Why do Women Stay Away from STEM Careers? Poor Storytelling


As America struggles to find talent in technical careers, we’ve done a poor job of telling stories on why more women should take up science, technology, engineering and math (STEM) careers.  At a recent panel discussion on the role of women in STEM careers, women said they felt a sense of isolation that grew from being underrepresented in technical careers.

STEM careers offered less social acceptance as they grew up. One panel member said that she had to purposely fail a math course to find acceptance in her social circles that had a distaste towards STEM careers. Another felt she always struggled to have a sense of acceptance among her peers.

Women are leading the jobs sector in multiple areas. But STEM fields are male dominated and less diverse. Why should a girl interested in robotics at high school face social stigma if she wants to become an engineer? Here are a few ways we can make systemic change:

  • Ask a professor in engineering to link dry equations and mechanical stuff to how  they really change the world.
  • Make simple changes in curriculum so that every science course adds a “make a difference” component. Value story telling.
  • Fathers have an important role in nurturing young girls to enter STEM careers.
  • Provide middle school students with diverse role models in STEM careers. Make sure that they are fun to relate to.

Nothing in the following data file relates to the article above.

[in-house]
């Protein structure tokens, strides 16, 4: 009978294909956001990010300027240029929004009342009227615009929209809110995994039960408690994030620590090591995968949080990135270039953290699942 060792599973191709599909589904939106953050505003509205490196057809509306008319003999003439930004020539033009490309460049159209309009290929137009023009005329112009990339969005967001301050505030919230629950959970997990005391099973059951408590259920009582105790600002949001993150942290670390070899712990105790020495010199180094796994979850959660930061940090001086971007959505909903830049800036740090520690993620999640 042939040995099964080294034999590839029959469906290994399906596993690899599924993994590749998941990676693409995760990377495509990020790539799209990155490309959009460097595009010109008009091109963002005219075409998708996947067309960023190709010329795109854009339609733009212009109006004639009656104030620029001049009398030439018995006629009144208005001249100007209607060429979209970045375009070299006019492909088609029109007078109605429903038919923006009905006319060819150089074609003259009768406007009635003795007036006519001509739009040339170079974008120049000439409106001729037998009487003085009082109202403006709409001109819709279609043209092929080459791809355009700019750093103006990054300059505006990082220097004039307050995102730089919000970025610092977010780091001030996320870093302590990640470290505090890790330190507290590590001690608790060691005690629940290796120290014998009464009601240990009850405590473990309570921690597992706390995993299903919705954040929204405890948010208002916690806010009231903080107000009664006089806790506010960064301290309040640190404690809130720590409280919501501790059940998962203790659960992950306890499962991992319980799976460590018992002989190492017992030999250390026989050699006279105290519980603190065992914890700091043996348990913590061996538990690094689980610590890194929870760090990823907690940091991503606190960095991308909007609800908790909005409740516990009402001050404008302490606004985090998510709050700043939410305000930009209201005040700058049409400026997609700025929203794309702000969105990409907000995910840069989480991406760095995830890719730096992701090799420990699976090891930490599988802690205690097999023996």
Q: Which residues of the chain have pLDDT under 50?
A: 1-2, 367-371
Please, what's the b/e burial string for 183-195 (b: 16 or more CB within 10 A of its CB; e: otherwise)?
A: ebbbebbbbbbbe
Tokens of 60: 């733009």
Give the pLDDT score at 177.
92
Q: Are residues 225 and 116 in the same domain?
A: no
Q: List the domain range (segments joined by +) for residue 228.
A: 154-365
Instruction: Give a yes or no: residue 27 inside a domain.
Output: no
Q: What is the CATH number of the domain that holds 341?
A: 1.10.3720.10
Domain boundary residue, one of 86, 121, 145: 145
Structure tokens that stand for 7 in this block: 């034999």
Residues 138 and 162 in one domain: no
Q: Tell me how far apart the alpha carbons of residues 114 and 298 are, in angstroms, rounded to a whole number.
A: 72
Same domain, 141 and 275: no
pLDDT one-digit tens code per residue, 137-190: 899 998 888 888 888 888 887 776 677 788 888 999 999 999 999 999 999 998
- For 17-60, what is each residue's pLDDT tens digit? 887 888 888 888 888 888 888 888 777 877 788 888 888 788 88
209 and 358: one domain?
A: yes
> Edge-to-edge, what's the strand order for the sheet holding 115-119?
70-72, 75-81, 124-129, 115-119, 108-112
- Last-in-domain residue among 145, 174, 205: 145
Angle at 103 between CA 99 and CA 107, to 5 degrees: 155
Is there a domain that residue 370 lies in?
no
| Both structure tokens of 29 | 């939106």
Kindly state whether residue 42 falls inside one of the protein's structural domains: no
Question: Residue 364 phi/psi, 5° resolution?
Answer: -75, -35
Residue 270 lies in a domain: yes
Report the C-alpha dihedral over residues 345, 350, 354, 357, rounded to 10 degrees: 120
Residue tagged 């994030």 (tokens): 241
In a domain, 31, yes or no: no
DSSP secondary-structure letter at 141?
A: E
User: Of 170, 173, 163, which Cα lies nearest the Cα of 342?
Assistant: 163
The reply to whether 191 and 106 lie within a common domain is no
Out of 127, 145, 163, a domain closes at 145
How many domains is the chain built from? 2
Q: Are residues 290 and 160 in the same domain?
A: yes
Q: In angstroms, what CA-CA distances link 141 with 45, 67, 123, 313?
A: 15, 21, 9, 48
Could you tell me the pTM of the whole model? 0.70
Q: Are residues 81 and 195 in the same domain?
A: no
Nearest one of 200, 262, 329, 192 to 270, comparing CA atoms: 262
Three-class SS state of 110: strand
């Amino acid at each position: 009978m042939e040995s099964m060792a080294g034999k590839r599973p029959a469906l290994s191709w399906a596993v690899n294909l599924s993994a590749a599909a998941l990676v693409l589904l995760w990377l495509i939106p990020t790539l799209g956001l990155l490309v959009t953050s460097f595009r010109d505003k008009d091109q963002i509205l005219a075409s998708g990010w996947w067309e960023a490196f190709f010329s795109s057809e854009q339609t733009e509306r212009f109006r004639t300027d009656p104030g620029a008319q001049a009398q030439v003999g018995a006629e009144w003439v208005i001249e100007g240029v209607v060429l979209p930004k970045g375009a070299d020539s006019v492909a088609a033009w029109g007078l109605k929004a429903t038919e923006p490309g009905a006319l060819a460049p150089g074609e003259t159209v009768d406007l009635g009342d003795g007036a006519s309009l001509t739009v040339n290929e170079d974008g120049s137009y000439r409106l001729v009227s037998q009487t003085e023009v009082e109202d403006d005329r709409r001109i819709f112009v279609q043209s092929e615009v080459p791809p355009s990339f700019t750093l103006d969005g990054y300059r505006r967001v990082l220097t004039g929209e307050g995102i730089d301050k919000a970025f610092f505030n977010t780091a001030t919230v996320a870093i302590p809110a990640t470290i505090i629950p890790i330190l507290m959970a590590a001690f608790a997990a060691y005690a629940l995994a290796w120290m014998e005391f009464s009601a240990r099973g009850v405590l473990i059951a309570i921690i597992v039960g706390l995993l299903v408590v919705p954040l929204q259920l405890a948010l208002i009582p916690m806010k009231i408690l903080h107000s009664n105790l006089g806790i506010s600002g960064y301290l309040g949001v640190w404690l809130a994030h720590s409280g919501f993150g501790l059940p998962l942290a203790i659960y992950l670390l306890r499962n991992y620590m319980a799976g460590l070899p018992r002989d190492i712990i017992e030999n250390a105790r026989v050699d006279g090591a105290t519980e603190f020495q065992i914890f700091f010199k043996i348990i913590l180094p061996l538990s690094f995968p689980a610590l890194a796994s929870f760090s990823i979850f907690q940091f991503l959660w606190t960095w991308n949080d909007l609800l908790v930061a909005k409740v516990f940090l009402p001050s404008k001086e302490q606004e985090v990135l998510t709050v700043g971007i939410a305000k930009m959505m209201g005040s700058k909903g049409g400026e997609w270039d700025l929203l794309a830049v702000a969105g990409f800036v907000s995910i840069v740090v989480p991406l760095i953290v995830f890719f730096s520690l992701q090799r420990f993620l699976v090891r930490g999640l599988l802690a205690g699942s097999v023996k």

• Add mentoring and value-added internships at the high school level. Give this opportunity to students from all public schools, not just students from prep schools and élite private schools.
  • Make sure that teachers teach science and math with passion. Unfortunately, our education system enjoys lengthy “common core standards.”  This drains teachers’ time in adapting to standards. Make sure that bureaucratic standards do not take away the joy and passion of learning math and science.

Transparency in Cause Marketing


How transparent is cause related marketing? Do you really know if the $5 that you spend on a Starbucks bracelet will actually help create jobs in America? Or, is the role of Starbucks to create jobs or sell good coffee?

Mara Einstein , an associate professor at Queens College enters this debate with an article titled “Charities shouldn’t let corporate marketers set the agenda,” in the May 3 edition of the Chronicle of Philanthropy. Einstein argues that when businesses sell products by touting social causes, they begin to pollute the sacred territory of charities. This creates a power imbalance causing product manufacturers to focus on the bottom line rather than on the charitable intent.

In a sagging economy where neither governments nor nonprofits alone can create jobs, why can’t for-profit businesses sell more products and do good for society? The more we spend, the economy performs better. Einstein counters this argument stating that when businesses start helping charitable causes, government will cut spending on critical areas.

Einstein suggests that businesses could  be more transparent and let donors know how the money is used. What if Starbucks could explain where the $5 donations went? Will all funds go towards creating jobs?  A transparent, online site that tracks  cause-marketing initiatives and societal benefits will be useful.